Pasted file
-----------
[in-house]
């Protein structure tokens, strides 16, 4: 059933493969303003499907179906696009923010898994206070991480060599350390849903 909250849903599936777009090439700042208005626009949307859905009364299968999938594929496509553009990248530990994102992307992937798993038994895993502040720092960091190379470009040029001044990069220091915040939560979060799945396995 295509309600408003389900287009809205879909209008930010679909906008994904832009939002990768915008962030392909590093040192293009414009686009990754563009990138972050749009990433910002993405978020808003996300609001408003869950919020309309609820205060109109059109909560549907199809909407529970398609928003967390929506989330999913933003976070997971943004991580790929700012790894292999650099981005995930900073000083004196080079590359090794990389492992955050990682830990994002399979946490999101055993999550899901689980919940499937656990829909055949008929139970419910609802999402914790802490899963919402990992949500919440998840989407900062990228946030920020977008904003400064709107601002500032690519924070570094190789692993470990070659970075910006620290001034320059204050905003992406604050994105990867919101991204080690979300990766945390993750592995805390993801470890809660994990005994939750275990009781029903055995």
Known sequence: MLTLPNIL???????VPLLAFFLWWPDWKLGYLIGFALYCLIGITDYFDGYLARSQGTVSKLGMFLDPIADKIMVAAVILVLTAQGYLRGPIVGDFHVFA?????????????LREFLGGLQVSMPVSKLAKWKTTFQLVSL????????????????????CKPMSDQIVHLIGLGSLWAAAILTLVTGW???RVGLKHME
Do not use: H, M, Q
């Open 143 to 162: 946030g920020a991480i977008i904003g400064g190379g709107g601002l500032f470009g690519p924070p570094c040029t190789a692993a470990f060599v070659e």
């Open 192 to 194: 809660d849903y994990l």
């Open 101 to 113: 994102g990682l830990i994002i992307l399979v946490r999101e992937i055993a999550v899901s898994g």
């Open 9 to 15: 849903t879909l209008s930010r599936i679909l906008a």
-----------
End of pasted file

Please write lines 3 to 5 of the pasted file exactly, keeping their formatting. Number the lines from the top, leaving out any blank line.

Known sequence: MLTLPNIL???????VPLLAFFLWWPDWKLGYLIGFALYCLIGITDYFDGYLARSQGTVSKLGMFLDPIADKIMVAAVILVLTAQGYLRGPIVGDFHVFA?????????????LREFLGGLQVSMPVSKLAKWKTTFQLVSL????????????????????CKPMSDQIVHLIGLGSLWAAAILTLVTGW???RVGLKHME
Do not use: H, M, Q
């Open 143 to 162: 946030g920020a991480i977008i904003g400064g190379g709107g601002l500032f470009g690519p924070p570094c040029t190789a692993a470990f060599v070659e």